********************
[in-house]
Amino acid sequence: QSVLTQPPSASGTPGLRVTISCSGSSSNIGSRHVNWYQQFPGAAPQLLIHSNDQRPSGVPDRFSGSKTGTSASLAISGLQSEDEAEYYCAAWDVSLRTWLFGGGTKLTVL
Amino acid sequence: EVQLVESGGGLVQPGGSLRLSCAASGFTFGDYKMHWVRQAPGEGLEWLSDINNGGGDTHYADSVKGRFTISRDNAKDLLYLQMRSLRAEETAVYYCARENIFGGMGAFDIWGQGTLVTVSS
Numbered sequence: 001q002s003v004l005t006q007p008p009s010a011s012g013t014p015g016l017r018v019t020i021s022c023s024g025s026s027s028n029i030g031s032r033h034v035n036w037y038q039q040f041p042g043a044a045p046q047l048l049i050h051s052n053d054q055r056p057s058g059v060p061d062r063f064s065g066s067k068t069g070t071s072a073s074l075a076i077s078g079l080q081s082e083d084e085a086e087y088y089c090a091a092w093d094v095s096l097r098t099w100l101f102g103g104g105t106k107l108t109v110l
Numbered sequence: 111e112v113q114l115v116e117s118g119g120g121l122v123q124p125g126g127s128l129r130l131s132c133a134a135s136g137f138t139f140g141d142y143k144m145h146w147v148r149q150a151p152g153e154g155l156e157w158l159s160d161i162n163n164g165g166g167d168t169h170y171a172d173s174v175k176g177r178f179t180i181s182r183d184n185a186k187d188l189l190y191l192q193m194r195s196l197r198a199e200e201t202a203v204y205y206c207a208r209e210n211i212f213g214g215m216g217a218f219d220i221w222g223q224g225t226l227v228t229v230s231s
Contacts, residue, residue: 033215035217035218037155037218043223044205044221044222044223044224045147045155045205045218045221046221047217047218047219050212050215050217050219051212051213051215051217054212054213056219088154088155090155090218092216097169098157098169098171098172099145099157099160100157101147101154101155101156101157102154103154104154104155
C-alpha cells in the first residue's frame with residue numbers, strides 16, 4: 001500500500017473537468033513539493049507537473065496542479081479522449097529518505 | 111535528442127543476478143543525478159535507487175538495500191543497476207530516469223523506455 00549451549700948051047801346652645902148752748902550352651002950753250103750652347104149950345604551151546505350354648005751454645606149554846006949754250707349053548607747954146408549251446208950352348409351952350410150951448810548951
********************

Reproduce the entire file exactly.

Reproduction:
[in-house]
Amino acid sequence: QSVLTQPPSASGTPGLRVTISCSGSSSNIGSRHVNWYQQFPGAAPQLLIHSNDQRPSGVPDRFSGSKTGTSASLAISGLQSEDEAEYYCAAWDVSLRTWLFGGGTKLTVL
Amino acid sequence: EVQLVESGGGLVQPGGSLRLSCAASGFTFGDYKMHWVRQAPGEGLEWLSDINNGGGDTHYADSVKGRFTISRDNAKDLLYLQMRSLRAEETAVYYCARENIFGGMGAFDIWGQGTLVTVSS
Numbered sequence: 001q002s003v004l005t006q007p008p009s010a011s012g013t014p015g016l017r018v019t020i021s022c023s024g025s026s027s028n029i030g031s032r033h034v035n036w037y038q039q040f041p042g043a044a045p046q047l048l049i050h051s052n053d054q055r056p057s058g059v060p061d062r063f064s065g066s067k068t069g070t071s072a073s074l075a076i077s078g079l080q081s082e083d084e085a086e087y088y089c090a091a092w093d094v095s096l097r098t099w100l101f102g103g104g105t106k107l108t109v110l
Numbered sequence: 111e112v113q114l115v116e117s118g119g120g121l122v123q124p125g126g127s128l129r130l131s132c133a134a135s136g137f138t139f140g141d142y143k144m145h146w147v148r149q150a151p152g153e154g155l156e157w158l159s160d161i162n163n164g165g166g167d168t169h170y171a172d173s174v175k176g177r178f179t180i181s182r183d184n185a186k187d188l189l190y191l192q193m194r195s196l197r198a199e200e201t202a203v204y205y206c207a208r209e210n211i212f213g214g215m216g217a218f219d220i221w222g223q224g225t226l227v228t229v230s231s
Contacts, residue, residue: 033215035217035218037155037218043223044205044221044222044223044224045147045155045205045218045221046221047217047218047219050212050215050217050219051212051213051215051217054212054213056219088154088155090155090218092216097169098157098169098171098172099145099157099160100157101147101154101155101156101157102154103154104154104155
C-alpha cells in the first residue's frame with residue numbers, strides 16, 4: 001500500500017473537468033513539493049507537473065496542479081479522449097529518505 | 111535528442127543476478143543525478159535507487175538495500191543497476207530516469223523506455 00549451549700948051047801346652645902148752748902550352651002950753250103750652347104149950345604551151546505350354648005751454645606149554846006949754250707349053548607747954146408549251446208950352348409351952350410150951448810548951